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Naace Conference 2103 - Online safety: how well equipped are you and your school to avoid the pote…
 

Naace Conference 2103 - Online safety: how well equipped are you and your school to avoid the pote…

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Ron Richards, South West Grid for Learning

Ron Richards, South West Grid for Learning

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    Naace Conference 2103 - Online safety: how well equipped are you and your school to avoid the pote… Naace Conference 2103 - Online safety: how well equipped are you and your school to avoid the pote… Presentation Transcript

    • Being Brave Safely How well equipped are you and your school to avoid the potential risks of “bring your own devices”? Ron Richards E-Safety Consultant South West Grid for Learning© South West Grid for Learning Trust
    • Overview
    • 1990 1995 2000 2005 2010 2015 BBSApplicationsContentCommunicationCollaborationEntertainmentE-Commerce Bandwidth 9.6K 14.4K 56K 64K 128K 1Mb 6Mb 24Mb ? HDD Storage 1GB 2GB 4GB 10GB 50GB 300GB 1TB 2TB ? Internet Age Web 1.0 Web 2.0 Web 3.0?
    • © SWGfL Trust 2011
    • Go figure 3Family Online Safety Institute(FOSI) http://www.youtube.com/watch?v=hSQ6GcskLNg© SWGfL Trust 2011
    • Research
    • © SWGfL Trust 2011
    • Trends in media use
    • Trends in media use
    • The Byron ReportSafer Children in a Digital WorldProfessor Tanya Byron
    • Byron Review Provide children’s workforce with skills and knowledge Deliver e-safety through the curriculum Reach children and families through extended schools Ensure OfSTED holds the system to account
    • Ofsted – The safe use of new technologies  Active approach to e-safety  Pupil knowledge and understanding  Shared responsibility for e-safety Pupils in the schools that had ‘managed’ systems had  Training – all staff /andGovernors better knowledge all understanding of how to stay safe than those in schools with ‘locked down’ systems. Pupils  Well planned & coordinated curriculum were more vulnerable overall when schools used locked  Policies adapted to circumstances not given enough down systems because they were  Do not have “lock-down” filtering opportunities to learn how to assess and manage risk for  Pupils take responsibility for own safety themselves.
    • © SWGfL Trust 2011
    • © SWGfL Trust 2011
    • E-Safety in schools – “State of the Nation” Prof Andy Phippen andy.phippen@plymouth.ac.uk© South West Grid for Learning Trust
    • 3 4 2.2 2.4 2.6 2.8 3.2 3.4 3.8 3.6 AUP Community understanding Digital and video images Email, chat, etc.E-Safety Committee or Group E-safety education E-Safety Responsibilities Filtering Governor training Governors Information literacy Mobiles and handhelds Monitoring and reporting Monitoring Impact Parental education Aspect averages Password security Personal data Policy development Policy Scope Professional standards Reporting Sanctions Self Evaluation Staff training Technical Security The contribution of young… Website, etc. Whole School Year 2011 Year 2012 Year 2010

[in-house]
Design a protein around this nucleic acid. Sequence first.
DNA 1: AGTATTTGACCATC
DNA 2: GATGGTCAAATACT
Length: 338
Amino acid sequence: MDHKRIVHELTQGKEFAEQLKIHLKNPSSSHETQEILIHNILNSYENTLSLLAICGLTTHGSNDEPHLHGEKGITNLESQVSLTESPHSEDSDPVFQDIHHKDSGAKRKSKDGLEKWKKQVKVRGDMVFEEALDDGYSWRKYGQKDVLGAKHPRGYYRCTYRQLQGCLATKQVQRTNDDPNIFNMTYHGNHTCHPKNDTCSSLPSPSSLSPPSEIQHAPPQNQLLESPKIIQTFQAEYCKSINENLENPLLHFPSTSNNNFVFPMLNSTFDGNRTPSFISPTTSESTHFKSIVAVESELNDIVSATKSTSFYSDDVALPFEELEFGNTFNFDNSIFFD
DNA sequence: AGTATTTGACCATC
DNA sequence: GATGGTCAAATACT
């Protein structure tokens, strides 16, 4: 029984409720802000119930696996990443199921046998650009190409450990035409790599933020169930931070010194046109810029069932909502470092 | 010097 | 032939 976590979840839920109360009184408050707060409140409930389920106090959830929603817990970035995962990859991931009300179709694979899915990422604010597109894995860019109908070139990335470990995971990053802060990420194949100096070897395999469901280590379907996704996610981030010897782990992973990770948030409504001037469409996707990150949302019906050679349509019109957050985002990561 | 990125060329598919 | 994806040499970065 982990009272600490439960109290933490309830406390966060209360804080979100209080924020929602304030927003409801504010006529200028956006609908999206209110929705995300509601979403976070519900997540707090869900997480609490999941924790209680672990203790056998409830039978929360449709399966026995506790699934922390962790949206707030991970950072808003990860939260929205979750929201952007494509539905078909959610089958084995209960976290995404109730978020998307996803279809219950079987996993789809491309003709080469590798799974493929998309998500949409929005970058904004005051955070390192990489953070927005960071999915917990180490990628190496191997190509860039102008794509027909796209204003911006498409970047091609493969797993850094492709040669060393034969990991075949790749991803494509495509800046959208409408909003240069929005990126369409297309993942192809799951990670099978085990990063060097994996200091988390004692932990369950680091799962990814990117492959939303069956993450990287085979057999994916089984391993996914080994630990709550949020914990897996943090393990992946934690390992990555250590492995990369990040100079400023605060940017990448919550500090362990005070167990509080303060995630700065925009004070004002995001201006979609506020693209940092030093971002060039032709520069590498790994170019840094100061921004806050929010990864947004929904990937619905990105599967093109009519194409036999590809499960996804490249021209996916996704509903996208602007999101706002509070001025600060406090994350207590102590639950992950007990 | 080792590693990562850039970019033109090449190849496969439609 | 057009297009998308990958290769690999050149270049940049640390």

• 2010/2011 Comparison – Best Aspects2010 2011 2012• Filtering (2.57) • Filtering (2.5) • Filtering (2.48)• AUPs (2.78) • Policy Scope • Policy Scope• Policy Scope (2.65) (2.58) (2.8) • AUPs (2.71) • AUP (2.71)• Digital and • Digital and • Digital and video images video images video images (2.93) (2.83) (2.74)• Policy • Policy • Policy development development development (3.02) (2.88) (2.8)
    • 2010/2012 Comparison – Weakest Aspects 2010 2011 2012• Community • Community • Community understanding understanding understanding (4.03) (4) (3.91)• Governor • Governor • Governor training (4.03) training (3.93) training (3.85)• Monitoring the • Monitoring the • Monitoring the impact of the impact of the impact of e-safety policy e-safety policy policy and and practice and practice practice (3.96) (3.9) (3.85)• E-Safety • E-Safety • Staff training Committee Committee (3.73) (3.94) (3.82) • E-Safety• Staff training • Staff training Committee (3.84) (3.76) (3.67)
    • Improvement 2012• Mobiles and • Monitoring and handhelds (0.28) reporting (-0.1)• Professional • AUP (0) standards (0.2) • Self Evaluation (0)• E-Safety • The contribution of Responsibilities (0.14) young people (0.01)• E-Safety Committee • Filtering (0.03) or Group (0.13)• Website, etc. (0.12)
    • 0.5 2.5 3.5 4.5 1.5 0 2 3 4 1 AUPsCommunity understanding Digital and video images Email, etc. E-Safety Committee or… E-safety education E-Safety Responsibilities Filtering Averages Governor training Governors Information literacy Mobiles Monitoring and Reporting Monitoring the impact Parental education Password security Personal data Policy development Policy Scope Professional Standards Reporting Sanctions Self Evaluation Staff training Technical Security Primaries vs SecondariesThe contribution of young… Website, VLE + public… Whole School Primary Average Secondary Average
    • 0 1 0.2 0.6 0.8 1.2 -0.2 0.4 AUPsCommunity understanding Digital and video images Email, etc. E-Safety Committee or… E-safety education E-Safety Responsibilities Filtering Governor training Governors Information literacy Mobiles Monitoring and Reporting Monitoring the impact Parental education Password security Personal data Policy development Policy Scope Professional Standards Reporting Sanctions Self Evaluation Staff training Technical Security The contribution of young… Website, VLE + public… Whole School Getting closer and closer... 2010 Difference 2011 Difference 2012 Difference
    • 1.5 2.5 3.5 0.5 0 1 2 3 4 Acceptable Use Policies Administrators Community Understanding Digital and Video Images Digital Citizenship for Students Digital Literacy Disciplinary Action Email, Chat, Social Networking,… E-Safety Committee E-Safety Responsibilities Evaluate and Adjust Policy Evaluate and Assess Incidents US Old Average Filtering Mobile Phones and Personal… Parental Education Password Security Personal Data Policy Development Policy Scope Professional Use Standards Aus Old Average Reporting Self-Evaluation Student Contribution Technical Security Training for Administrators UK Average Training for Faculty Training for Librarian/Media…Training for Network Administrator International Comparisons Training for Safe Schools… Training for School Counselor Training for School Nurse Training for Staff Website, Online Education,… Whole School